Money & politics -- a new resource
GovTrack Insider reports: A long-standing constitutional debate, dating to at least the 1960s in its current form, resurfaced Tuesday afternoon in the House Judiciary Committeeâ€™s Subcommittee on the Constitution, Civil Rights and Civil Liberties. Do statesâ€™ rights supersede the imperative for substantive equal protection under the law? Following the Civil Rights movement, it has been generally accepted that civil rights are more important in all but conservative activist circles. But when applied to laws denying the vote to ex-offenders, the issue has not been so simple.
The backdrop for this debate was a new bill introduced by Judiciary Committee Chairman Rep. John Conyers, H.R. 3335: Democracy Restoration Act of 2009 (“to secure the Federal voting rights of persons who have been released from incarceration”). Since Congress is understood to have general jurisdiction to be able to set the guidelines for the election of federal candidates, it naturally can prevent states from placing obstacles to voting designed to disenfranchise a particular racial, ethnic, or economic group.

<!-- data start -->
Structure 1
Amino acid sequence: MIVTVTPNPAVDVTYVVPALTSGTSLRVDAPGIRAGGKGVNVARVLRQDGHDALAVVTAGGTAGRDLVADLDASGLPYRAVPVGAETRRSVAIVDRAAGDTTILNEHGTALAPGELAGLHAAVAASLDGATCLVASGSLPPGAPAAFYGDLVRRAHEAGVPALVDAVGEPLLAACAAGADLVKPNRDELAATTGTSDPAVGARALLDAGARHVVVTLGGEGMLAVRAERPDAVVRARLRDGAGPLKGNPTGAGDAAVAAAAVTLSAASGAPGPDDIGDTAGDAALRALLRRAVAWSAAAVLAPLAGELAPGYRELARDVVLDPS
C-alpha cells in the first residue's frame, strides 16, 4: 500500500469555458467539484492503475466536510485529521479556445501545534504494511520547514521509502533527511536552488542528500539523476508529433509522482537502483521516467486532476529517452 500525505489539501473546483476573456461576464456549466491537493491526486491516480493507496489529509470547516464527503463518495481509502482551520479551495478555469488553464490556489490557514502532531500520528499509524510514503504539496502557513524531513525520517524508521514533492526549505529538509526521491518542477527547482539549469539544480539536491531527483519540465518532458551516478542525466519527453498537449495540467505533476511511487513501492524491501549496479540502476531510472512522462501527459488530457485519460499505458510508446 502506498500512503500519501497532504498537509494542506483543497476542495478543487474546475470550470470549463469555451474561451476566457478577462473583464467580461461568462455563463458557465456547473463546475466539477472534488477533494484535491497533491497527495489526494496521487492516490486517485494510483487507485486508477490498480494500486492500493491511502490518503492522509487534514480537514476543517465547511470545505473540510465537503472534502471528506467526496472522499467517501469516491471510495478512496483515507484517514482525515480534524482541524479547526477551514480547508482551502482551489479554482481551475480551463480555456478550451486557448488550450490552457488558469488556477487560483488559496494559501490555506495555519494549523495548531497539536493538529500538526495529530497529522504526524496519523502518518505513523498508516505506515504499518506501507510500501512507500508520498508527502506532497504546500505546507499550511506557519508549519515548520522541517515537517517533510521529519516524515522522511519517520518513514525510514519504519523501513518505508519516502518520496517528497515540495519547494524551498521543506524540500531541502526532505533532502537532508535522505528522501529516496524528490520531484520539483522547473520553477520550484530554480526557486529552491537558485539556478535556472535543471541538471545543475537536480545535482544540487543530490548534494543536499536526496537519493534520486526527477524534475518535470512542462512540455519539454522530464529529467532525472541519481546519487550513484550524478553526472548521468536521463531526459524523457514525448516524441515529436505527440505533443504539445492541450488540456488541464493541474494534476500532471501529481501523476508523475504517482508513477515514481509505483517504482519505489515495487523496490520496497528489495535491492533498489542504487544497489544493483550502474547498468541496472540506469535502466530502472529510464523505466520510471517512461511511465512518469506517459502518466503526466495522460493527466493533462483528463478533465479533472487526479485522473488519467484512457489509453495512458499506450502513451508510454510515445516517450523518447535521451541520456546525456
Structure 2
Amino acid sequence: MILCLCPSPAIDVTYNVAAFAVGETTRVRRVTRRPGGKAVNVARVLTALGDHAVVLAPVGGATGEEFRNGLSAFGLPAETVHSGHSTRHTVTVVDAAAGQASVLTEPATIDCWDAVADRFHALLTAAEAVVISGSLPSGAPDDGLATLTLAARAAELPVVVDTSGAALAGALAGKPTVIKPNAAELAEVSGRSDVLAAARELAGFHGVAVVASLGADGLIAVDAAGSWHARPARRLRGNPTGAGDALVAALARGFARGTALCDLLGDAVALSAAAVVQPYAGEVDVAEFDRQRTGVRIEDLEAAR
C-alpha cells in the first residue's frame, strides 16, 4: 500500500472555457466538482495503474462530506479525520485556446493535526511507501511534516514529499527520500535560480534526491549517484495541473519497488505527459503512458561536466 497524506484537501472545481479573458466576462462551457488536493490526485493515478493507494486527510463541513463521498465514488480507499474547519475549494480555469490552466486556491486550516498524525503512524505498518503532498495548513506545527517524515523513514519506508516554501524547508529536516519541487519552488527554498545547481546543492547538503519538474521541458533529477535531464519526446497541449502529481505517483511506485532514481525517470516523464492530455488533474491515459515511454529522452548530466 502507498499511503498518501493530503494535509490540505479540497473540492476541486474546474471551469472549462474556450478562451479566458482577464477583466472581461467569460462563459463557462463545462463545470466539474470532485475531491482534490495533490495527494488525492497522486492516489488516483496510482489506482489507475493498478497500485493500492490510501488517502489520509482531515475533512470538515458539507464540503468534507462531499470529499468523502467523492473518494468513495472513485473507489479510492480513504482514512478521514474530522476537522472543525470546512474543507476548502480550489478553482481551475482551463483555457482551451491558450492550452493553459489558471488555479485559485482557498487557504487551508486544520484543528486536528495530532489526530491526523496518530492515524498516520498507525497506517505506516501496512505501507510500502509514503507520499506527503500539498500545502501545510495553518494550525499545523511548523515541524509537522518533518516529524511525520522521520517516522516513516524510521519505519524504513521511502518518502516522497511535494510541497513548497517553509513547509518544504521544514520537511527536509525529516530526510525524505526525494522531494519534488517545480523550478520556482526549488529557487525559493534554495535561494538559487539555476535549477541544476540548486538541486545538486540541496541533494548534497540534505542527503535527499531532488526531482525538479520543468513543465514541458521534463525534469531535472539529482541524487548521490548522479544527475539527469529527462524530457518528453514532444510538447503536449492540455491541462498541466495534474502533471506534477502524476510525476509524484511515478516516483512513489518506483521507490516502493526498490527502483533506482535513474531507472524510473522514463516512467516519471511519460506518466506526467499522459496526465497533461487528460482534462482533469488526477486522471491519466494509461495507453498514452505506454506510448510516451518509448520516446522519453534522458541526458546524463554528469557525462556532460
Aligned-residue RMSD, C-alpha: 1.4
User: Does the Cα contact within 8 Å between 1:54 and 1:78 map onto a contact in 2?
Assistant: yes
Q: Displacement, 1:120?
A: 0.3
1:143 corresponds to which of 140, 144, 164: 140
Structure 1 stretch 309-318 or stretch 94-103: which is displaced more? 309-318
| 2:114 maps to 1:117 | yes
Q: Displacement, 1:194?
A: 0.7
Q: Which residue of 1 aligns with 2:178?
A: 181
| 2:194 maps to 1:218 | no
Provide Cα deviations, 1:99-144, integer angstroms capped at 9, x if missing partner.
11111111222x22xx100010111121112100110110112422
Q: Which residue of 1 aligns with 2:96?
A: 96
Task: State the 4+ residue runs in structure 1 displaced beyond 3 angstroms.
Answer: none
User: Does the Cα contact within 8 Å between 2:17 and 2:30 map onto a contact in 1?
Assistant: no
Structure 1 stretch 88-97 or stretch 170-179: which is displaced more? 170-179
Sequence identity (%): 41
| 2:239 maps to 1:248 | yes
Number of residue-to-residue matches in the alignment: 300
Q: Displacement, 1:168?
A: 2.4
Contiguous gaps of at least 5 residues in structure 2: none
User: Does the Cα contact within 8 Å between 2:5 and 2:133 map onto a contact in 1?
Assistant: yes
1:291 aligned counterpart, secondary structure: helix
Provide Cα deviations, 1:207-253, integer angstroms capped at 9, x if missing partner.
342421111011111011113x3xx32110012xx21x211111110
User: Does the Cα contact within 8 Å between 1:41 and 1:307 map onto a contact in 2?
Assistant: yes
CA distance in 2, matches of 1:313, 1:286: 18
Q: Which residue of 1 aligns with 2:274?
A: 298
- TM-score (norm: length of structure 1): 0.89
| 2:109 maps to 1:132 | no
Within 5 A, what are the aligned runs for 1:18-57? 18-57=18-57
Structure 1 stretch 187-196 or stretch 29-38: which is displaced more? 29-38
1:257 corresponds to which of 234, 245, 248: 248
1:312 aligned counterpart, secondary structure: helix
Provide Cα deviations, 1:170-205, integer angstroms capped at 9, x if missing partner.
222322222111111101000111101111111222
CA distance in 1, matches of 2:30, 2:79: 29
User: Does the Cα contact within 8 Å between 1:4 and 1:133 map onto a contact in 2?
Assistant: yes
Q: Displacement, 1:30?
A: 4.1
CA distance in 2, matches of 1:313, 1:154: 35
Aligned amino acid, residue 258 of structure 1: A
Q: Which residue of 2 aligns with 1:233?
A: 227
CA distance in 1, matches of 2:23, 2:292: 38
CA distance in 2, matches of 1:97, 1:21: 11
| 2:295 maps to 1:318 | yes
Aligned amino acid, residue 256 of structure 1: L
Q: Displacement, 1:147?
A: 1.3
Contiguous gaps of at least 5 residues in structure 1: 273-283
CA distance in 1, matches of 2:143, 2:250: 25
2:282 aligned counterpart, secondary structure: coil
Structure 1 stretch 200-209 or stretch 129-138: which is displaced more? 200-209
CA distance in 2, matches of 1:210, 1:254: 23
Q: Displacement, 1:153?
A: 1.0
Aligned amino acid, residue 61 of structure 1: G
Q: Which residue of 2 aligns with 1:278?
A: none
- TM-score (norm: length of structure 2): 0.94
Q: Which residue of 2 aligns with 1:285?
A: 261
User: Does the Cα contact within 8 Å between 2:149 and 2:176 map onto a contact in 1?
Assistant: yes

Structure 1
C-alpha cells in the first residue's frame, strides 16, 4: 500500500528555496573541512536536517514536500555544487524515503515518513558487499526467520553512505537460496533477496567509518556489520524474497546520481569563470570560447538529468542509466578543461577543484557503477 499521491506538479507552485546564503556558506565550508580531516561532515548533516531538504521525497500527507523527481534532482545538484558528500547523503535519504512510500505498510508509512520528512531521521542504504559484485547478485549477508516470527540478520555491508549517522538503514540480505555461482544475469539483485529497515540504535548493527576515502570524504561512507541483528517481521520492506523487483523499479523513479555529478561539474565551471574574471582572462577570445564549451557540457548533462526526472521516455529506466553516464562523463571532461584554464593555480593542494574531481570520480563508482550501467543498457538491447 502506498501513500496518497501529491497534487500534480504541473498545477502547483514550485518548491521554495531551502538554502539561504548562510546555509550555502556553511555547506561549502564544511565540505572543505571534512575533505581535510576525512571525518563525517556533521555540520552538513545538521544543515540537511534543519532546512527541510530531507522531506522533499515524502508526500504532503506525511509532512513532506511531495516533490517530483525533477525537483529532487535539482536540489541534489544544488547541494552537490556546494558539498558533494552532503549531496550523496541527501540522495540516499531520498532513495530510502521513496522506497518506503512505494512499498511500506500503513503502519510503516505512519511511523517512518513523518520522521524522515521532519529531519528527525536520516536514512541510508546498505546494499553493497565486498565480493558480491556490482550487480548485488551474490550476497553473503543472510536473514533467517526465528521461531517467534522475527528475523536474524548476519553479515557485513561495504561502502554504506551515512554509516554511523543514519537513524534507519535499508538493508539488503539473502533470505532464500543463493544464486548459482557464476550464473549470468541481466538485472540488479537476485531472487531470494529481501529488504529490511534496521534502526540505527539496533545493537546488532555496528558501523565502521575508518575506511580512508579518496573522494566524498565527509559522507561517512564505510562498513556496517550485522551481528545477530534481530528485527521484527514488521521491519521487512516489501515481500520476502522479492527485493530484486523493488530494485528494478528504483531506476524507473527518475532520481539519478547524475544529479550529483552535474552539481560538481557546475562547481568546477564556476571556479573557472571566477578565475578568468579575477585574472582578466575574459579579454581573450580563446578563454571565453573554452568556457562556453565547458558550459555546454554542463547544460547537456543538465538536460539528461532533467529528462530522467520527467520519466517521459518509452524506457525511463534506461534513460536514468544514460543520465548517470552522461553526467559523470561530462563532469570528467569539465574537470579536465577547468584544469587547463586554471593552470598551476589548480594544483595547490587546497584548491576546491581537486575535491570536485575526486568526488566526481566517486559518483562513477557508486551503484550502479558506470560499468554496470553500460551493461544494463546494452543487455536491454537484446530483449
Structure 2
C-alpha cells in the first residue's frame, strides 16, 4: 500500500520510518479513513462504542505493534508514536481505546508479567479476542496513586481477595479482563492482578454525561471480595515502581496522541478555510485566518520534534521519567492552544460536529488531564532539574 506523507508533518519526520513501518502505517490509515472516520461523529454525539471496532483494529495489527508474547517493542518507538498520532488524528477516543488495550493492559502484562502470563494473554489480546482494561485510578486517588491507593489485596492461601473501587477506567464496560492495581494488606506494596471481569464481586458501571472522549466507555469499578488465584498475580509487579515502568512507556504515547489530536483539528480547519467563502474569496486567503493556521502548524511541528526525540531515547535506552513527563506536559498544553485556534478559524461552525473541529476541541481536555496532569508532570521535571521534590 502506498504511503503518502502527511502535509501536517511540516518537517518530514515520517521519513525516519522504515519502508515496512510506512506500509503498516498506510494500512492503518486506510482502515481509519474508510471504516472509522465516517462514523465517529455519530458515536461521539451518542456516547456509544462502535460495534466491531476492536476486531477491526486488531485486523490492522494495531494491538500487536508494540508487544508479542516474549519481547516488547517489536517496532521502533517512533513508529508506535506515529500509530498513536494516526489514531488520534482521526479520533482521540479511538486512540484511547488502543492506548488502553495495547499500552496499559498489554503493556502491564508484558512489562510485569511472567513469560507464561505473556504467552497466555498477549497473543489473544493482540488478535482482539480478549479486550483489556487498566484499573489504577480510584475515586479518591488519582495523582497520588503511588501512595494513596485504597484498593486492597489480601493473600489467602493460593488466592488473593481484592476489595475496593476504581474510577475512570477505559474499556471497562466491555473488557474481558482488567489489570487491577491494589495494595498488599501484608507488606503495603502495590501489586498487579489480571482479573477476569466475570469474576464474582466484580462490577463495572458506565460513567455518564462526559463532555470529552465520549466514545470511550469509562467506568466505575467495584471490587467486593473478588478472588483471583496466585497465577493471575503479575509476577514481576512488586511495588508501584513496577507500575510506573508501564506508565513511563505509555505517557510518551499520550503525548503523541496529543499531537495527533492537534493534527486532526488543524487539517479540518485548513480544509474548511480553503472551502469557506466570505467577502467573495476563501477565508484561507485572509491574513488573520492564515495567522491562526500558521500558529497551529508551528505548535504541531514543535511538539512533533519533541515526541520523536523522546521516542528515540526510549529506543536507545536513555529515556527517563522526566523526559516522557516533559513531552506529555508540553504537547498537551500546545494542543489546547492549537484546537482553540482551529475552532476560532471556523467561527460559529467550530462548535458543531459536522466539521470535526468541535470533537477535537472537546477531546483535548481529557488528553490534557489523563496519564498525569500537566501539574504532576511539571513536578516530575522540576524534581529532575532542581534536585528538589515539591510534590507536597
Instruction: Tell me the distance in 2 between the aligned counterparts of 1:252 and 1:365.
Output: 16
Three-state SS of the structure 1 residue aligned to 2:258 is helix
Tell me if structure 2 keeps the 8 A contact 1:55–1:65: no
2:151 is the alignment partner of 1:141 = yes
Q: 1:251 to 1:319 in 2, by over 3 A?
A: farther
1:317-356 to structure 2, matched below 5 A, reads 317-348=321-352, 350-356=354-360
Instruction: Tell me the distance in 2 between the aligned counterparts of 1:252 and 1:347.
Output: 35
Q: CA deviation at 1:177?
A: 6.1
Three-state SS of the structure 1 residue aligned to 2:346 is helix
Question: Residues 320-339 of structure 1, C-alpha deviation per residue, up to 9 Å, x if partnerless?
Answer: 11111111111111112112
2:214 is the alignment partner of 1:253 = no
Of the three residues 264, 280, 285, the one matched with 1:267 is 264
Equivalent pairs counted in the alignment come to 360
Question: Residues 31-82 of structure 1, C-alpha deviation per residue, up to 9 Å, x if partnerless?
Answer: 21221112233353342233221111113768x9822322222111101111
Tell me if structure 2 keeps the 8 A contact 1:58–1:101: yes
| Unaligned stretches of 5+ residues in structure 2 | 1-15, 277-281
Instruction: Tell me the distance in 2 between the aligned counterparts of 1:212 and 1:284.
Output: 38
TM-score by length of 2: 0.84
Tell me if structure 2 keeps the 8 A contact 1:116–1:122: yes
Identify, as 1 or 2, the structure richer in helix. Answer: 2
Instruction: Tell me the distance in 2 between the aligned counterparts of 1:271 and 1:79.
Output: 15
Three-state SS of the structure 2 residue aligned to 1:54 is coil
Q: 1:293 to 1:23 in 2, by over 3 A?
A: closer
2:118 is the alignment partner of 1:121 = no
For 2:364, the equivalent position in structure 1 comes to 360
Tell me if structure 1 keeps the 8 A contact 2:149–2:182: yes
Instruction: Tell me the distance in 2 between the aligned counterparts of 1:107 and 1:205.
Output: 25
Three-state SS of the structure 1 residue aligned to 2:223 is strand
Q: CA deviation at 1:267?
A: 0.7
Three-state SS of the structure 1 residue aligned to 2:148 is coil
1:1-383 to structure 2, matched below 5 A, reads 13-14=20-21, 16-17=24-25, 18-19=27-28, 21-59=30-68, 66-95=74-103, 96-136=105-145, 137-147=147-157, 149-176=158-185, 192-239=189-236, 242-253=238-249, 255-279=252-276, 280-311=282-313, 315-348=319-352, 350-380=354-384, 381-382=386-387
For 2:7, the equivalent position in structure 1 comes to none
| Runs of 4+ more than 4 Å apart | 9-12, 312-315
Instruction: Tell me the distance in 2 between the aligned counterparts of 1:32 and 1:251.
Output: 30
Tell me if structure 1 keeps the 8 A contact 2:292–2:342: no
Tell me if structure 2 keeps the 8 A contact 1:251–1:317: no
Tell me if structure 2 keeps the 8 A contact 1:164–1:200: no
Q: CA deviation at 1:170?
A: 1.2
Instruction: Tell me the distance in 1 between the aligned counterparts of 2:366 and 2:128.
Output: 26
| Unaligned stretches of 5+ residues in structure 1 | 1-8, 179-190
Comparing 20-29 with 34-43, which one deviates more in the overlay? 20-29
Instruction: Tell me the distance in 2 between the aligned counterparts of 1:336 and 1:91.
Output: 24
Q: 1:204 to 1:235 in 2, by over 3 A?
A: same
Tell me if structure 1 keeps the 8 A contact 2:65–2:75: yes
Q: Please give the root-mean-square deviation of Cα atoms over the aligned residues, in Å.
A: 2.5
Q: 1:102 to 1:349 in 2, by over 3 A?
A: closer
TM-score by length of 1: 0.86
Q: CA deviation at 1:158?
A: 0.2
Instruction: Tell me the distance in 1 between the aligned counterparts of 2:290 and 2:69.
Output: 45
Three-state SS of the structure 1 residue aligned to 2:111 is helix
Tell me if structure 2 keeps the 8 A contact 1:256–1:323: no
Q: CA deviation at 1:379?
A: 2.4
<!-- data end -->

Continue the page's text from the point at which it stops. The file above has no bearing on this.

The effect of state laws denying voting rights to ex-felons is disproportionately harmful to African-Americans, said Rep. Bobby Scott (D-VA3). Scott, a co-sponsor of the bill, chaired the subcommittee hearing (in the place of longtime New York City Rep. Jerrold Nadler (D-NY8), who did not attend for reasons not openly evident). Scott added that such effects are so detrimental as to effectively disenfranchise entire African-American communities. Indeed, according to Scott, the amount of African-Americans without the right to vote is seven times the average for Caucasians. -- Read the whole article --> H.R. 3335 addresses one person one ... - GovTrack Insider